The cultural makeup of our democratic country is changing, which means big political changes are coming. These changes can be big opportunities for faith-based organizations to make a real connection with Hispanics.
In a recent article, Pew Research Center projected based on a new demographic study, that Hispanics will be the largest voting minority in the 2020 election.
This demographic shift is historic.
African Americans have long held the title of the largest minority, but in 2020, it looks like they will be overtaken in numbers by Hispanics.
“We project that the 2020 election will mark the first time that Hispanics will be the largest racial or ethnic minority group in the electorate, accounting for just over 13% of eligible voters – slightly more than blacks.
In raw numbers, a projected 32 million Hispanics will be eligible to vote in 2020, compared with 30 million blacks.” – Pew Research Center
Each year, there’s a continuing surge in the number of Hispanics living in the United States.
As a result, there will be many political implications to this demographic shift.
Hispanics see things differently. They care about different political issues than Anglo or African Americans.
And that’s not only because of their Hispanic culture, it’s also because of the experience so many of them have had in becoming an American.
Through an Immigrant’s Eyes
As much of the article above states, much of growth we see in the Hispanic population is the result of legal immigration.
“One-in-ten eligible voters in the 2020 election will have been born outside the U.S., the highest share since at least 1970.”
According to The Pew Research Center’s analysis of the data, a full tenth of the voters in 2020 will be foreign born.
While it’s true that Hispanics tend to have larger families, immigration is the main source of Hispanic population growth.
Unfortunately, some organizations see the rising Hispanic population as a social, political, or economic problem.
However, immigration is a real opportunity for faith-based organizations to reach out and connect with the growing Hispanic population.
Rather than a social concern, this demographic shift should be met with wisdom and excitement.
Reaching the heart of Hispanics has never been more possible!
Seeking New Connections
When an immigrant first comes to the United States, they are looking for new connections.
In a way of speaking, they have unplugged themselves from one country and are “plugging in” to a new country.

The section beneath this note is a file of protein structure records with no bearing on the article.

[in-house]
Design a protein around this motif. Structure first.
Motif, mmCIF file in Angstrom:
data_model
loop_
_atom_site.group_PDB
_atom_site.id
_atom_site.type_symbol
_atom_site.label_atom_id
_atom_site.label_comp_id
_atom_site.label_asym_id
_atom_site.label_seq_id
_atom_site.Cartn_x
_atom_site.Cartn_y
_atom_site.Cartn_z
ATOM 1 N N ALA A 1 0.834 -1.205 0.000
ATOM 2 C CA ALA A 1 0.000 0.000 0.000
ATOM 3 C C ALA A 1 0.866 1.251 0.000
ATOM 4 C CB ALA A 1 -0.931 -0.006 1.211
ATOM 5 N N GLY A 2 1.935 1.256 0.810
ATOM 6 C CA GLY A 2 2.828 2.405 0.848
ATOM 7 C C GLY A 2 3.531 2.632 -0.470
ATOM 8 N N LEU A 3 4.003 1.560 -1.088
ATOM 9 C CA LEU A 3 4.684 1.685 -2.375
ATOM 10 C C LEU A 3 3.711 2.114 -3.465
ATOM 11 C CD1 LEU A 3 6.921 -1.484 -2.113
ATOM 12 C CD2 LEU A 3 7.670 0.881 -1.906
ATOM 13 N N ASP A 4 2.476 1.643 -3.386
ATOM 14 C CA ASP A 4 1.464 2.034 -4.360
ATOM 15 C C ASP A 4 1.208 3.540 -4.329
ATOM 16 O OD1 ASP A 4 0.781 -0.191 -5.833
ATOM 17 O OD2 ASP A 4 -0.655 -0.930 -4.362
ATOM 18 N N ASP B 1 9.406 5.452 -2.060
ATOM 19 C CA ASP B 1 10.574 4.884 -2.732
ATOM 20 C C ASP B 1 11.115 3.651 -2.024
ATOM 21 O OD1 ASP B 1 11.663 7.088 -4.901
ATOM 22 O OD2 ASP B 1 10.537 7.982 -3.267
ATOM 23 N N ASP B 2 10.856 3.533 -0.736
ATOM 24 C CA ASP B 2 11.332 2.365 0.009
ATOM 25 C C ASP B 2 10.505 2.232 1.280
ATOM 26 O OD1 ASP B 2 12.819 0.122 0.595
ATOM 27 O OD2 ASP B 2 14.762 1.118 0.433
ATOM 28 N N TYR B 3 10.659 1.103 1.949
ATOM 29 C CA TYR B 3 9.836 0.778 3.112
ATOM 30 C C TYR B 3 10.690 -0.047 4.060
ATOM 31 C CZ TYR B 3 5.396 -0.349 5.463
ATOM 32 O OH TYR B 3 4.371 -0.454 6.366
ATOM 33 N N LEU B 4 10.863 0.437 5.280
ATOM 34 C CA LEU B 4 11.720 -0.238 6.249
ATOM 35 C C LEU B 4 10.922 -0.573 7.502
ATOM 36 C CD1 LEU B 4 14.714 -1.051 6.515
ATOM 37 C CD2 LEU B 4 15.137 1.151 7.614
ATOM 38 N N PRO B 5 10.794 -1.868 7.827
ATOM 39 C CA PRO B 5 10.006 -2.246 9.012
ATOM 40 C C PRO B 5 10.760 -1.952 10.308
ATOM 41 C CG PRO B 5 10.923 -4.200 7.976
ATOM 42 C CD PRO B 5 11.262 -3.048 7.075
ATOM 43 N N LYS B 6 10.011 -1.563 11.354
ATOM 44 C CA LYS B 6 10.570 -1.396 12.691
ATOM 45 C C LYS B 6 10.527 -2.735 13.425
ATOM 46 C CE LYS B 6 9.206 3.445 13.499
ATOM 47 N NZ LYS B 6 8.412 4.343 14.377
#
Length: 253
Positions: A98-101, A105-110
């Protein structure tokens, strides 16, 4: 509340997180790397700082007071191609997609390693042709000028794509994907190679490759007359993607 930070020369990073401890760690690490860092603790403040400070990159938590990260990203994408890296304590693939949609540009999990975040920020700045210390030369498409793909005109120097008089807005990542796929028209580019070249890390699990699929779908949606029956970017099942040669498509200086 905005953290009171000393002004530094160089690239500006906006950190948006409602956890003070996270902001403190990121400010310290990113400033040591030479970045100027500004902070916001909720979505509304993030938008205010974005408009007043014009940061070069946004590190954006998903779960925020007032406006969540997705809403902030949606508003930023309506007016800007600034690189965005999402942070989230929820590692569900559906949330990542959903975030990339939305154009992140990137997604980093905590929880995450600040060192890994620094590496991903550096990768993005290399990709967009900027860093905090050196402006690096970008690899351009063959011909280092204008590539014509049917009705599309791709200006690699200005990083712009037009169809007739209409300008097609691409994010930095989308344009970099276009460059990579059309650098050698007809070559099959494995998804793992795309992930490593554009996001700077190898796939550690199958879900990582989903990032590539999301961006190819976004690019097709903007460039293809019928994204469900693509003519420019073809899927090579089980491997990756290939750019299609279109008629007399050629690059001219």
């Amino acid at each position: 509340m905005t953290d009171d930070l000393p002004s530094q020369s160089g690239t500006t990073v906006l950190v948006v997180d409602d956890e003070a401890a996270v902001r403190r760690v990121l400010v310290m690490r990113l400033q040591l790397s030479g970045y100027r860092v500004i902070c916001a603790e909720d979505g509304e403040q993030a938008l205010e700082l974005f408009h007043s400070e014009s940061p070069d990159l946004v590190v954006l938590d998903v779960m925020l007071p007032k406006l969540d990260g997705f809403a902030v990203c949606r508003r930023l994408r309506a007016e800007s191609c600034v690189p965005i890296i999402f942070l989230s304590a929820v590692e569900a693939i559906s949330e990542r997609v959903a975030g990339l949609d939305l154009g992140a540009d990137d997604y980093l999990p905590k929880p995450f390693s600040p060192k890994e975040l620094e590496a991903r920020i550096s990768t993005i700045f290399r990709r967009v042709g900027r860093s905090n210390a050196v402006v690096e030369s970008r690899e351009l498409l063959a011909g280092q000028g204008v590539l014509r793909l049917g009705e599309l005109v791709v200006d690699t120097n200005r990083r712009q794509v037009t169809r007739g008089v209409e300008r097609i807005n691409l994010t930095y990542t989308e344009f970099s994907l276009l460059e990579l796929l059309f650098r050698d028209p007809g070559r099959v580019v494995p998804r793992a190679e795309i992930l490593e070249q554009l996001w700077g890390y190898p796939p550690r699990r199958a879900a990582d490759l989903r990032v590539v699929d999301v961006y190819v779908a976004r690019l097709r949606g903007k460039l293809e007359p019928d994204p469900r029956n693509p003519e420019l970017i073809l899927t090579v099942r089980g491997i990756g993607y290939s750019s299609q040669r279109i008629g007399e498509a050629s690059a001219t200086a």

They are looking to connect to new friendships, business relationships or employers, neighborhoods, cities, schools, and churches.
More than at any other time in their life, Hispanic immigrants are open to new ways of doing things, new points of view, and new relationships.
They have to be so they can adapt to their new environment.
More than any other time, this is when your faith-based organization can more easily make a real impact on their personal and family life.
By following the Biblical command to “love the stranger” (Deuteronomy 10:19) in your marketing, communications, and programs, your organization can help Hispanic immigrants make a friendly, helpful connection in their new home.
Memory of Origin Country
For many Hispanic immigrants, memories of their original countries is a mixed bag of emotions.
On the one hand, Hispanics are proud of their families, culture, language, and ethnic identity.
On the other hand, they are also very aware of the problems that led them to leave all the people they love behind to come here.
Faith-based organizations should connect by celebrating the good memories Hispanic immigrants have of their families, culture, and origin countries.
With the right guidance, you can position your faith-based organization’s messaging in a way that celebrates their cultural origins while welcoming them into their new, adopted American culture.
Forging a New Personal and Family Identity
By the time an immigrant has become a naturalized citizen and given the right to vote, they’ve been through a deeply personal process of change.
By the time of their citizenship ceremony, many think of themselves as fully American.
They know where they come from, but they want the absolute best for their new country.
And by choosing to raise their children in this country, they have chosen to change the identity of their family.
In other words, they are raising Americans, citizens who’ll be patriotic and contributors to society.
This is an opportunity for faith-based organizations to affirm the new personal and family identity of Hispanic people around the country.
In affirming their new role and place in the American family, you can endear your organization to the heart of these new minority voters and position your faith-based organization for the possibility of Hispanics becoming a demographic majority.
More than Politics
The study I’m showing here emphasizes the role Hispanics will play in the 2020 elections. This is important for faith-based organizations to understand.
But it’s not everything faith-based organizations should consider.
Politics motivated this study, but that doesn’t mean that politics have to motivate you as a faith-based organization.
How will this cultural shift affect your mission, methods, and messaging in the next two to ten years?
I encourage all faith-based organizations to use their faith and take this opportunity to connect with the thousands of Hispanic immigrants that are making the United States their new home.
This is your best chance as an organizational brand to make a positive impact on these precious new American lives.
Need a hand to reach their heart? We’re here to help.